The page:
Prominent Golden Globe award-winning Hollywood actress Cicely Tyson has died at age 96, Tyson’s longtime manager Larry Thompson confirmed in a statement on Thursday, January 28, 2021.
The icon started her career in the entertainment Industry in early 1950’s and she was most famously known for her roles playing resilient, uplifting Black women.
Born in New York City on December 19, 1924, Tyson started her career as a secretary at a Red Cross office after she graduated from high school before she decided to call it quit to pursue her modeling career.
In 1959, Tyson broke into movies with the Harry Belafonte film “Odds Against Tomorrow,” followed by “The Comedians,” “The Last Angry Man,” “A Man Called Adam” and “The Heart Is a Lonely Hunter.”
Refusing to play drug addicts, prostitutes or maids roles that demeaned Black women in blaxploitation movies, Tyson took time off screens before she returned in 1972 to the screen in the drama “Sounder,” which captured several Oscar nominations including one for Tyson as best actress.
Over the years, Tyson played remarkable roles in some of the most celebrated movies and television shows featuring Black women including, “The Autobiography of Miss Jane Pittman” (1974), “Roots” (1977), “The Marva Collins Story” (1981), “The Women of Brewster Place” (1989), and “The Help” (2011).
In 2013, at the age of 88, Tyson won the Tony for best leading actress in a play for the revival of Horton Foote’s “The Trip to Bountiful.” It was the actor’s first time back on Broadway in three decades.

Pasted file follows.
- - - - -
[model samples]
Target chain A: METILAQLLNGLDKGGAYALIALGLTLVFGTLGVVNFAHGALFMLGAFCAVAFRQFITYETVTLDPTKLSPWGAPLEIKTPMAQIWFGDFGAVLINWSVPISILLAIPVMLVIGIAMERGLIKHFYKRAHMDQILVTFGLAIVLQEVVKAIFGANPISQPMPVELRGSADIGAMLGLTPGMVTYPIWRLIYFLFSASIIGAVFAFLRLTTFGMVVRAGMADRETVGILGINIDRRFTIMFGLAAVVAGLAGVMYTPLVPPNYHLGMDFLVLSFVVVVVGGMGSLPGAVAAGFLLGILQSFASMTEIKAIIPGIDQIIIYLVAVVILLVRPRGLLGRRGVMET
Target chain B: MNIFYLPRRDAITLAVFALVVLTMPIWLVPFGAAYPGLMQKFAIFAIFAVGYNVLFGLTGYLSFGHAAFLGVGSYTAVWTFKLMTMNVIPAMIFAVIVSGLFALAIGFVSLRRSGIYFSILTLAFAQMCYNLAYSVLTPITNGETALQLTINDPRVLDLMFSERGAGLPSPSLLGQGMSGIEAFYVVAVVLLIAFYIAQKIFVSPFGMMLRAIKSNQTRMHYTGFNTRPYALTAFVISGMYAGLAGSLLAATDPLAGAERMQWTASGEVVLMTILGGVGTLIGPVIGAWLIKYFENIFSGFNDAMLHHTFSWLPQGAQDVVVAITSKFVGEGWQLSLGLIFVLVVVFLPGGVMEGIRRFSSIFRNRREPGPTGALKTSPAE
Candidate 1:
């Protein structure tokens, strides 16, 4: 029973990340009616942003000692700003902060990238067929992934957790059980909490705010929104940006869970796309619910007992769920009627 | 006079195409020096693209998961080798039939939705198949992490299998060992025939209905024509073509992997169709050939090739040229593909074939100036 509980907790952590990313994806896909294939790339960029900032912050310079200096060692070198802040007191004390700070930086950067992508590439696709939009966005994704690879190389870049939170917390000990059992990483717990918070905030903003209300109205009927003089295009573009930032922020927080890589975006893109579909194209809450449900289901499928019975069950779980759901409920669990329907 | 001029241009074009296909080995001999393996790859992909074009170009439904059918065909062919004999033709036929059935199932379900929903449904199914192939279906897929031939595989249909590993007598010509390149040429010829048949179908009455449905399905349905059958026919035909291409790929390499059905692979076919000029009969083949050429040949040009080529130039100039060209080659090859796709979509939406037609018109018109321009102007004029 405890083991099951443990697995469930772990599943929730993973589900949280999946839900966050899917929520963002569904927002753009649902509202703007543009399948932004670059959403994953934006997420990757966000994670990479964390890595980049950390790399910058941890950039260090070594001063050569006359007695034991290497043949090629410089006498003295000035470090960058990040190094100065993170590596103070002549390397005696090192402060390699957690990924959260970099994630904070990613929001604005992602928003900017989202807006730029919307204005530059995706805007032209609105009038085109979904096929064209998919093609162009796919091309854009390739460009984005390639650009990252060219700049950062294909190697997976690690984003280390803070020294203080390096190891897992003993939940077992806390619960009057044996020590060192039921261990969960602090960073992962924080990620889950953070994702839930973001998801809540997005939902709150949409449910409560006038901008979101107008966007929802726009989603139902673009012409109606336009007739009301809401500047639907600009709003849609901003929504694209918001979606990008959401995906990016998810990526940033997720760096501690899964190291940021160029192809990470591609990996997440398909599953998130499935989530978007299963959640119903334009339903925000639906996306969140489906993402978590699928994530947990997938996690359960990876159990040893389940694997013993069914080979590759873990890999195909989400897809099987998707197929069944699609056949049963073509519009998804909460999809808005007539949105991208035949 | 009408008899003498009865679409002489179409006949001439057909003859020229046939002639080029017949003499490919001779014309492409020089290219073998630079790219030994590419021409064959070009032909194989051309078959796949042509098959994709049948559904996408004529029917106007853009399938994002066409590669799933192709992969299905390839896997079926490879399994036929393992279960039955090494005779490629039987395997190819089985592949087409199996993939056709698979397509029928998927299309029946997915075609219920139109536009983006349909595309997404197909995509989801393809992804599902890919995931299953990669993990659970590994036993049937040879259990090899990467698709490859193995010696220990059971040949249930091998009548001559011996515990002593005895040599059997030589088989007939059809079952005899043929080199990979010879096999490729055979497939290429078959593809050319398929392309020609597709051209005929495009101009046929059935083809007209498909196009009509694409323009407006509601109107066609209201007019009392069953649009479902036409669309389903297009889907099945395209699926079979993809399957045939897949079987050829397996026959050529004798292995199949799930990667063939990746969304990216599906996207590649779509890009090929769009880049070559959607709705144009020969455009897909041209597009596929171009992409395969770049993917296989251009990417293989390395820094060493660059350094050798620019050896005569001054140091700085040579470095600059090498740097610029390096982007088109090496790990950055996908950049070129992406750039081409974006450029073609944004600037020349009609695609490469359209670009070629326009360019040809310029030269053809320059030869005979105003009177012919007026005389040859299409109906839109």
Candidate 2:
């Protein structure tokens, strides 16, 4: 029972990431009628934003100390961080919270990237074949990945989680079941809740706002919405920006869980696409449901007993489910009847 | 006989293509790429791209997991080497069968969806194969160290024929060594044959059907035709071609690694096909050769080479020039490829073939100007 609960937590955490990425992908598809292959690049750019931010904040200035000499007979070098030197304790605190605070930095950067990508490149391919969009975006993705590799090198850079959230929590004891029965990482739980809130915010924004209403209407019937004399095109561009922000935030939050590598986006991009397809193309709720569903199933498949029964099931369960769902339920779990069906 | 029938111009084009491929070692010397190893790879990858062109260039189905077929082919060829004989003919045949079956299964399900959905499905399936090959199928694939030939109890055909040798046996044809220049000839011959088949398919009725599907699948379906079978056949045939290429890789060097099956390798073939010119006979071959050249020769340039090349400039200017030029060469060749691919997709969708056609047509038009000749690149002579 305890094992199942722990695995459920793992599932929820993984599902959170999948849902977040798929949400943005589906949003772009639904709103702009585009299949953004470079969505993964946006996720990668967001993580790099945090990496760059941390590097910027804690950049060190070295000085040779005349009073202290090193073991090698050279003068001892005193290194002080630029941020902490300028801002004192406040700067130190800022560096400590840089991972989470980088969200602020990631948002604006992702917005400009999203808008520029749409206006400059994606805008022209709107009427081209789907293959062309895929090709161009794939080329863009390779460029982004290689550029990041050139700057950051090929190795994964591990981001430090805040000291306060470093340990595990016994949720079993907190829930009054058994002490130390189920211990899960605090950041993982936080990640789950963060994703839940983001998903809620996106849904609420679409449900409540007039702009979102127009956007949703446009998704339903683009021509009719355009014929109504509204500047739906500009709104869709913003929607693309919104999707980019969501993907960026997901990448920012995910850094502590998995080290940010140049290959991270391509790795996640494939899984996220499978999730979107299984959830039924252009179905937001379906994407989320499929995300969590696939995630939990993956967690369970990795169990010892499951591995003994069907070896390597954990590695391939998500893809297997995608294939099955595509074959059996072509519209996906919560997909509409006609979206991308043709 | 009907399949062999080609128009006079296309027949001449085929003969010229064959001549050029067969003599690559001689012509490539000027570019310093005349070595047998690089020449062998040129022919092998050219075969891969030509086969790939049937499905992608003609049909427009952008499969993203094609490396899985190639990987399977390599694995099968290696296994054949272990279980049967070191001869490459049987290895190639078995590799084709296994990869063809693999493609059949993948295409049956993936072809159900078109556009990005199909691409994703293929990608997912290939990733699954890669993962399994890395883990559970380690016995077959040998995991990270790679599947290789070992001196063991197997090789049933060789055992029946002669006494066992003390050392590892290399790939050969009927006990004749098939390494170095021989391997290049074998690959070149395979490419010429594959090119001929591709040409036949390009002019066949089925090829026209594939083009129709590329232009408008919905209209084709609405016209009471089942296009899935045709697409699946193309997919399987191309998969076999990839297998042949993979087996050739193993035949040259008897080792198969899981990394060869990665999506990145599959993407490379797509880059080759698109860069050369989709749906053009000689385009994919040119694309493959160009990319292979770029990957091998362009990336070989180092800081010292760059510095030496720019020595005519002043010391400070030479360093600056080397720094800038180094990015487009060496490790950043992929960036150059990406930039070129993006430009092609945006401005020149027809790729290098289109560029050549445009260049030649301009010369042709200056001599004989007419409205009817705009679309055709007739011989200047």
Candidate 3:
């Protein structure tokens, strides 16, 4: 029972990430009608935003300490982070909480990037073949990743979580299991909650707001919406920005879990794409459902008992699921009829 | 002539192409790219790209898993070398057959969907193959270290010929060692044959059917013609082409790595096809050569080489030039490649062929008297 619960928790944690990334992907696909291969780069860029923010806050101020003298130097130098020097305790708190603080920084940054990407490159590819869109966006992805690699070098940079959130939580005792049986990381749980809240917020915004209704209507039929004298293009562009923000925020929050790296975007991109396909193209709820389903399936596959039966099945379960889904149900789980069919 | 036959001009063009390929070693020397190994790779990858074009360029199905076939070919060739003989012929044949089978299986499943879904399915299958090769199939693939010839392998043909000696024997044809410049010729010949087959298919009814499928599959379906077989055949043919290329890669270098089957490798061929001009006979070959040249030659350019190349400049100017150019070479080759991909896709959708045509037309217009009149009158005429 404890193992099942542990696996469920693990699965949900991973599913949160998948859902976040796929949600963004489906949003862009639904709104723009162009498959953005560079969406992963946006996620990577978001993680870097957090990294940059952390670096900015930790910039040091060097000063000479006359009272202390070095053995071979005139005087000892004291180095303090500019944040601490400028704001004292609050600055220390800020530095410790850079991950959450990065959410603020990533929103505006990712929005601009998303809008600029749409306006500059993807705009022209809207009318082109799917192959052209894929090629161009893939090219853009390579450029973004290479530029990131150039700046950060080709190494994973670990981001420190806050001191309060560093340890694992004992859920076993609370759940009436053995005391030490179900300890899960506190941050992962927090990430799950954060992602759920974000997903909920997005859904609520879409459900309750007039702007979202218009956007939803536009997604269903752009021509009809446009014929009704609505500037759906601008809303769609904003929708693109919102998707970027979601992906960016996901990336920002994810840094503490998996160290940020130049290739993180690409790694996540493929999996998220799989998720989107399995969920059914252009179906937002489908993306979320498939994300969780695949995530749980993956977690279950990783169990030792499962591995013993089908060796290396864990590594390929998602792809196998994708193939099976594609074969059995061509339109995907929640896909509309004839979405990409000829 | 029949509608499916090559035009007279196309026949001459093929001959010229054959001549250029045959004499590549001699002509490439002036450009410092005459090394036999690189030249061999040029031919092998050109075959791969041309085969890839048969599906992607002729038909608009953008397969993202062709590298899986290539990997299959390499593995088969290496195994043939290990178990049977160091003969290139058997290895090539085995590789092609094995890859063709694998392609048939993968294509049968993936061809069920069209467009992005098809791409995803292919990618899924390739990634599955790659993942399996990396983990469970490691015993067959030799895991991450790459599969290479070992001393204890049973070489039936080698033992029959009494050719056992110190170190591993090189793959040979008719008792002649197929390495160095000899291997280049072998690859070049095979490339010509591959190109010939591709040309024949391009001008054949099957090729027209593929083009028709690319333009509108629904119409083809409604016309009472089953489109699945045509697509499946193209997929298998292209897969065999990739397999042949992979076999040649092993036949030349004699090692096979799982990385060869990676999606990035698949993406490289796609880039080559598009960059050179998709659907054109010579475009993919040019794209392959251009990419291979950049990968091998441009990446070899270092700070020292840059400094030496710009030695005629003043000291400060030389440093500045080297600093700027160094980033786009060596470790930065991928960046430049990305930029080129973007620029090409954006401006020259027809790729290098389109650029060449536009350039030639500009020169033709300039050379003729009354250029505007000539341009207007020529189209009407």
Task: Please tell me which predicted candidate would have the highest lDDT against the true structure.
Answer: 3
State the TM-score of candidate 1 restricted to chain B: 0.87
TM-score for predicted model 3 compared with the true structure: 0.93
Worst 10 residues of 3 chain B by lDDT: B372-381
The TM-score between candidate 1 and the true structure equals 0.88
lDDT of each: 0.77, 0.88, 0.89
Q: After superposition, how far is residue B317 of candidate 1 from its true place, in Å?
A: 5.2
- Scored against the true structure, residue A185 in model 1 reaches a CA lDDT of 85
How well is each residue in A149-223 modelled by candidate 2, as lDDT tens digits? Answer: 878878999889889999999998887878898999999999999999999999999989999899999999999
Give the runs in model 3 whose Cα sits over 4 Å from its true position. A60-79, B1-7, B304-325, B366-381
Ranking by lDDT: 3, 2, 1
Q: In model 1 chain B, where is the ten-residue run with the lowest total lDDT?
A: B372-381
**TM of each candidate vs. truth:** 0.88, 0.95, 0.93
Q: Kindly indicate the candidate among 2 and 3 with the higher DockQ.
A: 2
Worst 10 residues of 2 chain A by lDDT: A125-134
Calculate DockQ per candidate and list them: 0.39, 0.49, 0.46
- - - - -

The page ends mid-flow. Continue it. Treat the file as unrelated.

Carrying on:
During an interview with The Associated Press in 2013, Tyson disclosed that she had been very selective throughout her career about what she was doing. She added that she wasn’t only working for money but also wanted real substance.
Tyson remained active even in her 90s and in May 2015, she received a lifetime achievement award from the Alliance for Women in Media at the Grace Awards.
In 2016, Tyson was awarded the Medal of Freedom by the then president of United States, Barack Obama which she described as her most important accomplishment.
Later in 2018, Tyson became the first Black woman to receive an honorary Oscar before she was selected for the Peabody Career Achievement Award for her work on the stage, in film and on television two years later.
The actress was also one of 25 Black women honored for their contributions to art, entertainment and civil rights as part of Oprah Winfrey’s 2005 Legends Ball.
The icon was very active in charity and arts organizations including Urban Gateways, the Human Family Institute and the American Film Institute and she received awards from the National Council of Negro Women and the NAACP as well as the Capitol Press Award.
In recent years, she was part of a panel discussion for “Cherish the Day,” an eight-episode OWN anthology series created and produced by Ava DuVernay.
Various actors including Tyler Perry, Oprah, Viola Davis have expressed shock in the passing Tyson.
Other prominent figures who paid their respect to the icon include Martin Luther King III and Bernice King, the children of civil rights icon Martin Luther King Jr just to mention a few.